Suppression: Definition, Examples, and Psychology Research
What is suppression and how does it affect our well-being? Learn why suppression, a seemingly useful strategy, can actually make us feel worse.
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What is Suppression in Psychology? (A Definition)
Suppression is defined as pushing unwanted thoughts, emotions, memories, fantasies, and more out of conscious awareness so that you’re not thinking of these things anymore. But what exactly does it mean to ‘not think’ of something? Perhaps in an ideal world, it would mean that the thought is gone, erased, and no longer affecting you in any way. Unfortunately, the human brain doesn’t work like that.
A series of experiments where people were told NOT to think of a white bear proved that suppression is actually quite hard. Even though thinking about white bears is something we do very rarely, simply being told not to think about a white bear—to suppress these thoughts—led these people to think of white bears far more frequently (Wegner, Schneider, Carter, & White, 1987). This research showed that the mental processes we use for suppression don’t really work to decrease thoughts.
Video: Thought Suppression Fires Up The Nervous System
Thought Suppression Versus Emotional Suppression
Psychologists don’t always tell us if they're talking about thought expression or they're talking about emotional expression. But overall, these two types of suppression are thought to be different so let’s talk about how they are different.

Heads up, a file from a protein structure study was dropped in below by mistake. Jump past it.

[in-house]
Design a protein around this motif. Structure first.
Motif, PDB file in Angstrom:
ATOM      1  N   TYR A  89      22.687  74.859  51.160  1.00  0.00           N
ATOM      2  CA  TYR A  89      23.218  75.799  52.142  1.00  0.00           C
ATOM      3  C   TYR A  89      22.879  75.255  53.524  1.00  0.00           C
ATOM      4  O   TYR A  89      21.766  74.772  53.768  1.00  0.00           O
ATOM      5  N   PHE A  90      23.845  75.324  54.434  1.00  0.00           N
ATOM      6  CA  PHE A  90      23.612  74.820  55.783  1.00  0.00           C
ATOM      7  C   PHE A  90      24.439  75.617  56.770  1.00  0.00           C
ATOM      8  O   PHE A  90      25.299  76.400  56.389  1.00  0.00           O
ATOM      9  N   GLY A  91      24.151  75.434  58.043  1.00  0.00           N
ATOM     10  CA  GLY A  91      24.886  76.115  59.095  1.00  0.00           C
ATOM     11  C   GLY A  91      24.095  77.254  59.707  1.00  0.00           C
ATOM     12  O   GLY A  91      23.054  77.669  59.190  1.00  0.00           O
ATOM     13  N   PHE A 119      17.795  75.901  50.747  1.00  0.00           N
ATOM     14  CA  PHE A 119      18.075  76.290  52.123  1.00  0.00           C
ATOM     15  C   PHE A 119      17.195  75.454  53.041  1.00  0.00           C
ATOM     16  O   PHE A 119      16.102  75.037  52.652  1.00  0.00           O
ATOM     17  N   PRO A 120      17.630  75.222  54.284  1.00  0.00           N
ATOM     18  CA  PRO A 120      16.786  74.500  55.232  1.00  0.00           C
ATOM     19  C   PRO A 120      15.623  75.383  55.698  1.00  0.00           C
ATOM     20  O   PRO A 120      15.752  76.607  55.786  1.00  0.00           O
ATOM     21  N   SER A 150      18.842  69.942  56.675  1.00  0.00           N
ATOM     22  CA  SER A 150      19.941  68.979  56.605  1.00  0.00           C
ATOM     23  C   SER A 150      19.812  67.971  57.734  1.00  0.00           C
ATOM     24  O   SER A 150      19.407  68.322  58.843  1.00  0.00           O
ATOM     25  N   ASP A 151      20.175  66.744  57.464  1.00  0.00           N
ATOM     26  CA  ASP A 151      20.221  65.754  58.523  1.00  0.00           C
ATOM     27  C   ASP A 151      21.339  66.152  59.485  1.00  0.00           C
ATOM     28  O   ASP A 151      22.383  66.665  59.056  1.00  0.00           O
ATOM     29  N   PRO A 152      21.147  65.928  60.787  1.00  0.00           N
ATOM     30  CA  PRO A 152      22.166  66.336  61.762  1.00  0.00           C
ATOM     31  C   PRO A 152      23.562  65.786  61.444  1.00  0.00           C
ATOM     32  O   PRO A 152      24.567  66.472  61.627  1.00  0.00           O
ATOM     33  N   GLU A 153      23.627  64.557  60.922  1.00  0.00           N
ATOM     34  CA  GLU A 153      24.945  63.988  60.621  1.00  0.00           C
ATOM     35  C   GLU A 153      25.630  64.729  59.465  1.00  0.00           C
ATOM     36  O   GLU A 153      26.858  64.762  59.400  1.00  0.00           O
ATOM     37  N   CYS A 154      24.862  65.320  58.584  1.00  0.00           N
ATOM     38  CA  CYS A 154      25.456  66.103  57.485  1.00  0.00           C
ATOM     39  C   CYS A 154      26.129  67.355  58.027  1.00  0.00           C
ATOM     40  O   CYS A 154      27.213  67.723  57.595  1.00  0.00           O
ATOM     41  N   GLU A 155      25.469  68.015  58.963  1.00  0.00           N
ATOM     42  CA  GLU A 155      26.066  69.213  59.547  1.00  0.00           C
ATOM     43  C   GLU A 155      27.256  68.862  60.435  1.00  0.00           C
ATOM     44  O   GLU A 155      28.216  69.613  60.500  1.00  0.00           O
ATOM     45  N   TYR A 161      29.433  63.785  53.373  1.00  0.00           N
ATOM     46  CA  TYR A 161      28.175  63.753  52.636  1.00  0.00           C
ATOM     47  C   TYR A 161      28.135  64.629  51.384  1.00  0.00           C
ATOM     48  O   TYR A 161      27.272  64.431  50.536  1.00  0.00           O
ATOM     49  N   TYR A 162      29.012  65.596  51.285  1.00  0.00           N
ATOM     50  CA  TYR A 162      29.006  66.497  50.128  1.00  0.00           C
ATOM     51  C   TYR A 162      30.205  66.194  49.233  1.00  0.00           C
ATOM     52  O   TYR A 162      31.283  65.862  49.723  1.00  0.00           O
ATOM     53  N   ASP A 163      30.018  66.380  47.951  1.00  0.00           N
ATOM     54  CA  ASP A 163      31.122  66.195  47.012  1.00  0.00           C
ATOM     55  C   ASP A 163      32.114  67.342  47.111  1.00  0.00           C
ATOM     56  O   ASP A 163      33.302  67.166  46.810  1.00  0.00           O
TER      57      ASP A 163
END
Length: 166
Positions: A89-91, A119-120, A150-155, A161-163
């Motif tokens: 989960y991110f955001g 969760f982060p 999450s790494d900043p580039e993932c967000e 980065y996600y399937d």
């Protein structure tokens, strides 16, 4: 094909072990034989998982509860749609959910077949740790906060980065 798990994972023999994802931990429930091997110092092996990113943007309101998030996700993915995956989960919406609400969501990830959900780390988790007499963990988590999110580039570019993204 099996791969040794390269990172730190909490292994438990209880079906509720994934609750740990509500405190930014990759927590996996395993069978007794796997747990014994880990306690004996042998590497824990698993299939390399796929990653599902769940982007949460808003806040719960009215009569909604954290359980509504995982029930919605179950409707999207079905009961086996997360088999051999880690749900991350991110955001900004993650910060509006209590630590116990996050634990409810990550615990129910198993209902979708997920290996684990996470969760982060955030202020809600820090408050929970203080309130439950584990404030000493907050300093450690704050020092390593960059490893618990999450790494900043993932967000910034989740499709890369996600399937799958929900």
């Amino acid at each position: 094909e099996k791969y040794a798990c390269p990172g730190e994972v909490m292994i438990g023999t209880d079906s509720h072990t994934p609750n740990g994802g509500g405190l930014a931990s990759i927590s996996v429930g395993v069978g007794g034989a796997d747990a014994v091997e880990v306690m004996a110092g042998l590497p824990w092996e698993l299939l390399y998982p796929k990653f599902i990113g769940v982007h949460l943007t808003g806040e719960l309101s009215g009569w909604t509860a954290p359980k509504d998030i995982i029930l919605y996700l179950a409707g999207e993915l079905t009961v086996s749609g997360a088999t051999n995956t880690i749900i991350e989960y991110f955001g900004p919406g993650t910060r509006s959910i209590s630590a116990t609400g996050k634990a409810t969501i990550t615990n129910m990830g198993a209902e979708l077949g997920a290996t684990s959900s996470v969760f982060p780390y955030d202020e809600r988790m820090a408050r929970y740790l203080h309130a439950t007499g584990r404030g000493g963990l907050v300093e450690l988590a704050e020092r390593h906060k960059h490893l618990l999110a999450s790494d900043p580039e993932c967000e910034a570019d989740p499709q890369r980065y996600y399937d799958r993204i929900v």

Any thoughts can be suppressed regardless of whether or not they have emotional content. The classic white bear experiments described above are an example of pure thought suppression. But, in real life, it may be rare to suppress thoughts that don’t have some emotional content. Perhaps we don’t want to think about a recent romantic breakup, maybe we don’t want to worry about an upcoming test at school, or we may be trying not to think about that jerk who cut us off in traffic. Whether or not these examples would be considered thought suppression or emotional suppression is difficult to say.
If anyone has ever told you to “just stop” feeling anxious or angry or sad, then they’ve just given you some bad advice, as they have just told you to use emotional suppression, which we already know doesn’t work. Plus, suppressing emotional material is far more difficult than suppressing neutral material, like white bears (Wenzlaff & Wegner, 2000).
Research on emotional suppression often looks at what is called “expressive suppression”. Expressive suppression is when we suppress the emotions on our faces. Maybe we don’t want others to see that we are feeling sad, fearful, or angry so we don’t show these emotions. Expressive suppression is another ineffective form of emotional suppression that may even be bad for our health (Mauss & Gross, 2004).
The Impacts of Suppression
Overall, research on suppression has found that it tends to result in three specific, and not so good, effects:
That means that suppression has paradoxical effects—the more we try to force our thoughts or emotions away, the stronger they become.
Examples of why suppression doesn’t work
There are likely a number of reasons why suppression is not an effective strategy. Here are a few offered by the experts:
1. One reason may be that the way we distract ourselves from unwanted thoughts is flawed. For example, imagine you’re distracting yourself from your thoughts and worries about work. Maybe you look around the room and try thinking of the things you see—a chair, a book, a plant, and a table.
Unfortunately, if we’re thinking about something and then look at an object, the thoughts and objects can get paired in our minds. Now, whenever we look at these objects they remind us of the unwanted thoughts, so they come back up. So, if you’ve been suppressing thoughts and now they’re coming back up, moving yourself to a different room or space may actually help you feel better (Wenzlaff & Wegner, 2000).